A couple of calls to CIM classes then a long laborious way to create an output object.  Way, way, way back in the day you had to create objects like this. Life and PowerShell have moved on.

There are much simpler ways to get the job done that involve far less typing. The more you type the greater the chance of introducing an error. Debugging a mass of Add-member calls is not something you ever want to do.

So easy way number 1.

$comp = Get-CimInstance -ClassName Win32_ComputerSystem
$os = Get-CimInstance -ClassName Win32_OperatingSystem

$props = @{
‘Name’ = $comp.Name
‘Manufacturer’ = $comp.Manufacturer
‘Model’ = $comp.Model
‘OS’ = $os.Caption
‘SP’ = $os.ServicePackMajorVersion
‘Architecture’ = $os.OSArchitecture

}
$obj  = New-Object -TypeName PSObject -Property $props

$obj

Create a hash table of the properties you want your object to have and pass that to New-Object. I prefer to create the hash table as a separate step as I find it easier to read.

This is far, far quicker than multiple calls to Add-Member. Its also safer as there’s a lot less to type.

You can make the process a bit simple – easy way number 2:

$comp = Get-CimInstance -ClassName Win32_ComputerSystem
$os = Get-CimInstance -ClassName Win32_OperatingSystem

$obj = [PSCustomObject]@{
‘Name’ = $comp.Name
‘Manufacturer’ = $comp.Manufacturer
‘Model’ = $comp.Model
‘OS’ = $os.Caption
‘SP’ = $os.ServicePackMajorVersion
‘Architecture’ = $os.OSArchitecture

}

$obj

Create the object directly from the hash table – note that you have to make the type PSCustomObject not PSObject.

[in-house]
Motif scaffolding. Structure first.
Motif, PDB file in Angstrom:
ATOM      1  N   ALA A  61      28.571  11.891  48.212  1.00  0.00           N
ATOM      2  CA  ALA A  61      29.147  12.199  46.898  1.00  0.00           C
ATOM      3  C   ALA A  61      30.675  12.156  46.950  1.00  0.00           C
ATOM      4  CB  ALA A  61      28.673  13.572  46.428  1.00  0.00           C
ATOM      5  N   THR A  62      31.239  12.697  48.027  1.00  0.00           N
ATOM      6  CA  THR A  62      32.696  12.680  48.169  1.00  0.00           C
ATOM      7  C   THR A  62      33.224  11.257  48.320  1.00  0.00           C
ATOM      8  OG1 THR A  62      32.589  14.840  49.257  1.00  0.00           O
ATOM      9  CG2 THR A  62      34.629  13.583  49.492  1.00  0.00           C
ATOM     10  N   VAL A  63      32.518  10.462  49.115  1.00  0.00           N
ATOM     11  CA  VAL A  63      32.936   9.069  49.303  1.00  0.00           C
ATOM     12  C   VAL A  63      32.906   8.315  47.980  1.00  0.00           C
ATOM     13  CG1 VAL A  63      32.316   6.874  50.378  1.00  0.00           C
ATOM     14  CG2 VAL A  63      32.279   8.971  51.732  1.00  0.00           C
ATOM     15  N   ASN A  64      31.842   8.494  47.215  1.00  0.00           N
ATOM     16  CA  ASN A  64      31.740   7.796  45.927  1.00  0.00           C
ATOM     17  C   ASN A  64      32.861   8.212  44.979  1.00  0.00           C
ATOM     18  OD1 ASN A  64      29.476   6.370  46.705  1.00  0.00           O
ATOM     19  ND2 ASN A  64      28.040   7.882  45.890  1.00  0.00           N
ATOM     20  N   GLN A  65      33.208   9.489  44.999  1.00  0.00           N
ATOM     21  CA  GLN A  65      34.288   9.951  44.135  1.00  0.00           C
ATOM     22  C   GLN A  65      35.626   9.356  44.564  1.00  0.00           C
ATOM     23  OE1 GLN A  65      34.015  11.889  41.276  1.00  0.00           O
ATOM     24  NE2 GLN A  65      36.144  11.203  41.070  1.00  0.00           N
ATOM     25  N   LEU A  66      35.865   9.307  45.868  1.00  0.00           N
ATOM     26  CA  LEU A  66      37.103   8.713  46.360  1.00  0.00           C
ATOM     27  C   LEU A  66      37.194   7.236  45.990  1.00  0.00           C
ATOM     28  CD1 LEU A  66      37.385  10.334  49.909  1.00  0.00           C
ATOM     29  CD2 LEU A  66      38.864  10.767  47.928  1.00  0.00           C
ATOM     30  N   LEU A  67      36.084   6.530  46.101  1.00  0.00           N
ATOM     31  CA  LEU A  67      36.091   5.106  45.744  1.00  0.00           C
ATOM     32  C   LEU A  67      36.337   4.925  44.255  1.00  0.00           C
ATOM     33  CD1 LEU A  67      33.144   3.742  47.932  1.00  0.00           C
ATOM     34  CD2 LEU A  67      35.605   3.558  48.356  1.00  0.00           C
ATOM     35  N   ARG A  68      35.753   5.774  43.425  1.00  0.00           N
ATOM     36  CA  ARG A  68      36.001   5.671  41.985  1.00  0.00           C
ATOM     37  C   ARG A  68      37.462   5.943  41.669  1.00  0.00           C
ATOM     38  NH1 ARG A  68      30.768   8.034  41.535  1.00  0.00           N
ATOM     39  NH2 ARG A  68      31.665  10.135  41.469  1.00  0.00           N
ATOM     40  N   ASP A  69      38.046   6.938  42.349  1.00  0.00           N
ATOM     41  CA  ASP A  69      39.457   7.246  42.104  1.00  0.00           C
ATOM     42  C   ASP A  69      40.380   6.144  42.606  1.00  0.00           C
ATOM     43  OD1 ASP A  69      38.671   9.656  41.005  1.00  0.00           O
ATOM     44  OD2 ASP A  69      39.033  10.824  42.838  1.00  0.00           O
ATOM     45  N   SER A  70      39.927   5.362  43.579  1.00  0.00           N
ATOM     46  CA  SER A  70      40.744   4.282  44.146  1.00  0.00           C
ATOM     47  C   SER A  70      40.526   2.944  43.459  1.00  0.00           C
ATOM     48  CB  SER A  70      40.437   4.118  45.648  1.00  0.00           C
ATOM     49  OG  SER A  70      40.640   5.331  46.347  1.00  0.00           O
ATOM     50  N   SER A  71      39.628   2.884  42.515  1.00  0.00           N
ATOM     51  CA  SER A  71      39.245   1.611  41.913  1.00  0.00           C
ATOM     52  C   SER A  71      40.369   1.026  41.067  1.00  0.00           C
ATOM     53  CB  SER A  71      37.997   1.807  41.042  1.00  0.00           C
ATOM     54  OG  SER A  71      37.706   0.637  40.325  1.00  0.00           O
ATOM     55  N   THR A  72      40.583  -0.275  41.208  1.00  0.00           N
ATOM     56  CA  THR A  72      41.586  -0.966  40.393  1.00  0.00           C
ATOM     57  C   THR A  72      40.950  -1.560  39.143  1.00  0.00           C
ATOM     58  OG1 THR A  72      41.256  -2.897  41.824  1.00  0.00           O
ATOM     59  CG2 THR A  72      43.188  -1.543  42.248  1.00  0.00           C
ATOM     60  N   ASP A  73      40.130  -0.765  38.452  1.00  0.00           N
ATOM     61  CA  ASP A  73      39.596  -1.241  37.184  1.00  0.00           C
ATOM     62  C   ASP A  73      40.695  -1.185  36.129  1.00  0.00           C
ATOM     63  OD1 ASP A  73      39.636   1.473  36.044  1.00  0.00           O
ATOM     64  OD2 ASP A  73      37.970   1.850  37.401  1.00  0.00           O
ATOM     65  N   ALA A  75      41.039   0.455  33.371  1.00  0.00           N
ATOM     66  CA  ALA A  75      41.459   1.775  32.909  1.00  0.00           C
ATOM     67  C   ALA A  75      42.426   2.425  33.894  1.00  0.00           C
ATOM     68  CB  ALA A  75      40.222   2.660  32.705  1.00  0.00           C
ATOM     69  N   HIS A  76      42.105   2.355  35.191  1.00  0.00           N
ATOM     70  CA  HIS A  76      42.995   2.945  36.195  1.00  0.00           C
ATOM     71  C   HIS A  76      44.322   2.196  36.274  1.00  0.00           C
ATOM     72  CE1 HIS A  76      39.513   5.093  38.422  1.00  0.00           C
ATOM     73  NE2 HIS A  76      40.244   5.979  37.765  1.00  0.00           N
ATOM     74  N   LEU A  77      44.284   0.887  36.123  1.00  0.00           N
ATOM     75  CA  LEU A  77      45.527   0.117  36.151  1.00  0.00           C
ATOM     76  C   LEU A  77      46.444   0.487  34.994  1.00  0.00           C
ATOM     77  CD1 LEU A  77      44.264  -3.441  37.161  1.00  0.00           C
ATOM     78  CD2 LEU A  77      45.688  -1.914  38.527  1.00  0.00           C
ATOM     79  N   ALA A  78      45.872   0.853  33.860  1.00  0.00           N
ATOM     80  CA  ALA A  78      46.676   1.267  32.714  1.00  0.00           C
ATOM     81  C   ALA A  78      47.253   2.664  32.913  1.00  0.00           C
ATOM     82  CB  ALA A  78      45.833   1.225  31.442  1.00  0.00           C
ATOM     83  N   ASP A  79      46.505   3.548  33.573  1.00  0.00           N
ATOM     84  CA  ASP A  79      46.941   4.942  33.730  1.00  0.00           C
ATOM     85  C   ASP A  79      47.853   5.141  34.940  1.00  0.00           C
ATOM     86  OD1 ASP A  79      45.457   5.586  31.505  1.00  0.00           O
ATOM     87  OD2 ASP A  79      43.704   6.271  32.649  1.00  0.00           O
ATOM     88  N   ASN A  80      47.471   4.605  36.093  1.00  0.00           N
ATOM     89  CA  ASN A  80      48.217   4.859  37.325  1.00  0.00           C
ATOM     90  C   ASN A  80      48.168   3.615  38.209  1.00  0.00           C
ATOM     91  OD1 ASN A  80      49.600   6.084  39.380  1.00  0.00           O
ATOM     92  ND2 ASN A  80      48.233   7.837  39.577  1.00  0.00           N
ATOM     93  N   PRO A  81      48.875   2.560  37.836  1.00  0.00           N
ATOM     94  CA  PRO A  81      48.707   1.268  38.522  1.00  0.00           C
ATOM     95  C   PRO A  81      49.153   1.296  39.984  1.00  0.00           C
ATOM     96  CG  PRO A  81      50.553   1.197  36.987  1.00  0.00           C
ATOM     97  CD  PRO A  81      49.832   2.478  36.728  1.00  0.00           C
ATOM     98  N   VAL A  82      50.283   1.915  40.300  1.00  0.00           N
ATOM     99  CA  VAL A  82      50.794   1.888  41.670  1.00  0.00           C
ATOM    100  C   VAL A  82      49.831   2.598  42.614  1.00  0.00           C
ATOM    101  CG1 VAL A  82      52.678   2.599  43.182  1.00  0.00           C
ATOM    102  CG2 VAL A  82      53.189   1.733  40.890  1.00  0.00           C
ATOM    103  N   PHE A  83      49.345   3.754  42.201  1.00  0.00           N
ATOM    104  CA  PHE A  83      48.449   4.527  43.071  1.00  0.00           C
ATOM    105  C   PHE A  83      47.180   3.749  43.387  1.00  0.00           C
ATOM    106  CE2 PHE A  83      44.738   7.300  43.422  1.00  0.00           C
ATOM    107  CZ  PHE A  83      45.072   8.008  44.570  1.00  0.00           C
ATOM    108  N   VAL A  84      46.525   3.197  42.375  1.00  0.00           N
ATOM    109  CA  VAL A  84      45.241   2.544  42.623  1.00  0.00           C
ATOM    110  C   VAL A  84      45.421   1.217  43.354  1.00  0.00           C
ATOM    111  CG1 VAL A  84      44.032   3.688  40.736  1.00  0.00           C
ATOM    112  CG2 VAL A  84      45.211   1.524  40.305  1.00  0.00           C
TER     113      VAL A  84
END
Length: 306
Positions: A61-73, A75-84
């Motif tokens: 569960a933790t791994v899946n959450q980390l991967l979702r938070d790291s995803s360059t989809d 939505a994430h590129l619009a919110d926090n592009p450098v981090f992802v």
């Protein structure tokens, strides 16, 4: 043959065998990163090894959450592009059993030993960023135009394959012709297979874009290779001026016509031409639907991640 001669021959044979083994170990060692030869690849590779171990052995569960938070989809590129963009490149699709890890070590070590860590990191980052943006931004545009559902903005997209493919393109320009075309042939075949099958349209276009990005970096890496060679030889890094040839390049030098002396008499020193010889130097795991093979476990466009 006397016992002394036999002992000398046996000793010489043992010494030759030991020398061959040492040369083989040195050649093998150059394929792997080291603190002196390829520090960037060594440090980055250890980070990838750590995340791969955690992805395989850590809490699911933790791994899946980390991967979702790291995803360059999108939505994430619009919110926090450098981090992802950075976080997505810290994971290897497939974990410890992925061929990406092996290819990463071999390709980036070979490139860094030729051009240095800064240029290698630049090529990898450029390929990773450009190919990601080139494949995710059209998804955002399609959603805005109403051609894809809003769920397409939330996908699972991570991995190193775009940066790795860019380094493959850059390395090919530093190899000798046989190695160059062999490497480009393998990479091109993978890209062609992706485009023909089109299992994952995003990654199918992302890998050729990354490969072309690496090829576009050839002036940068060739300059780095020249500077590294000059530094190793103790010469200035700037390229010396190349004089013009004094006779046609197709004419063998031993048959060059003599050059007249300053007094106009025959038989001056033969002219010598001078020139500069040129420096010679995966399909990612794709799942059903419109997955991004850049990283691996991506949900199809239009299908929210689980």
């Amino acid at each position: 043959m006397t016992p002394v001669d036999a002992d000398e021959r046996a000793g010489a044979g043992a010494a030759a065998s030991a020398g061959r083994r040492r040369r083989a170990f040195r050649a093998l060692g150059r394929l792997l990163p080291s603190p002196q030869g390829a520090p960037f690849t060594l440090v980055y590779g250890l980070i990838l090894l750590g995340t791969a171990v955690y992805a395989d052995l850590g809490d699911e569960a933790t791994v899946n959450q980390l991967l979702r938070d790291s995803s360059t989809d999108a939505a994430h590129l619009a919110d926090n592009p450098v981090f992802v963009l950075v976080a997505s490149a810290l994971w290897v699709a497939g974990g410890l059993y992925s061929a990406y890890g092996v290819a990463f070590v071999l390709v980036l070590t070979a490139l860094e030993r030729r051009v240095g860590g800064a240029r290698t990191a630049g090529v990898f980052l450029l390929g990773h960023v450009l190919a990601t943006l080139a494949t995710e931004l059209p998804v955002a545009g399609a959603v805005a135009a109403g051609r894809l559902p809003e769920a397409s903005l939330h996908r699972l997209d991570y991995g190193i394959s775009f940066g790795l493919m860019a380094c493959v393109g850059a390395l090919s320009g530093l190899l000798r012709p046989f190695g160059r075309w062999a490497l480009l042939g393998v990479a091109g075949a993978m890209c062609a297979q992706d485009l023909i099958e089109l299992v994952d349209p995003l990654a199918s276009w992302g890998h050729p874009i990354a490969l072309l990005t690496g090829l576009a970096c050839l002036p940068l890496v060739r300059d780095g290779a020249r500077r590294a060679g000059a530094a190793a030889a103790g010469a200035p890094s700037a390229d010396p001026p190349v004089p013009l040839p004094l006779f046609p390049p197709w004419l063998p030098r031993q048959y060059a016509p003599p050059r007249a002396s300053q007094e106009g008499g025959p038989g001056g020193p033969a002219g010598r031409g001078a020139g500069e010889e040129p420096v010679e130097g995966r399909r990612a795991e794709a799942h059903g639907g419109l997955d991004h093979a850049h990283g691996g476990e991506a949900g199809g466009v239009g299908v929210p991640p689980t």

There’s no excuse for creating objects with multiple calls to Add-Member


September 9, 2015  12:58 PM

Scripting Games–August 2015

Richard Siddaway Richard Siddaway Profile: Richard Siddaway
Powershell

The August 2015 Scripting Games puzzle was a simple ‘get data from a web service’ request. You had to retrieve data from a given web service

£> Invoke-RestMethod -Uri ‘http://www.telize.com/geoip’ |
Select-Object -Property  longitude, latitude, continent_code, timezone
longitude latitude continent_code timezone
——— ——– ————– ——–
-0.13     51.5 EU             Europe/London

Apart from the inaccuracy in the continent information – England isn’t part of Europe Smile – its pretty straight forward. The trick is remembering that Invoke-RestMethod exists and selecting out the properties you need.

If you wanted to productionise this you end up with the follwoing function as a minimum

function Get-GeoInformation
{
[CmdletBinding(SupportsShouldProcess=$true)]
param (
[Parameter(Position=0, ValueFromPipeline=$true, ValueFromPipelineByPropertyName=$true)]
[Alias(‘ip’, ‘address’)]
[ValidateScript({([System.Net.IPAddress]::TryParse($_, [ref]’127.0.0.1′)) -eq $true})]
[string[]]$ipaddress
)

BEGIN {} #end begin
PROCESS {
try {
if ($ipaddress) {
foreach ($ip in $ipaddress){
if ($psCmdlet.ShouldProcess(“$ip”, ‘Retreiving geo-location data’)) {
Write-Verbose -Message “Retrieving data for $ip”
Invoke-RestMethod -Method GET -Uri “http://www.telize.com/geoip/$ip” -ErrorAction Stop
}
} # end foreach ($ip in $ipaddress)
} # end if ($ipaddress)
else {
Write-Verbose -Message ‘Retrieving data’
if ($psCmdlet.ShouldProcess(‘default ip address’, ‘Retreiving geo-location data’)) {
Invoke-RestMethod -Uri ‘http://www.telize.com/geoip’-ErrorAction Stop
}
} #end else
} # end try
catch [System.Net.WebCmdletWebResponseException] {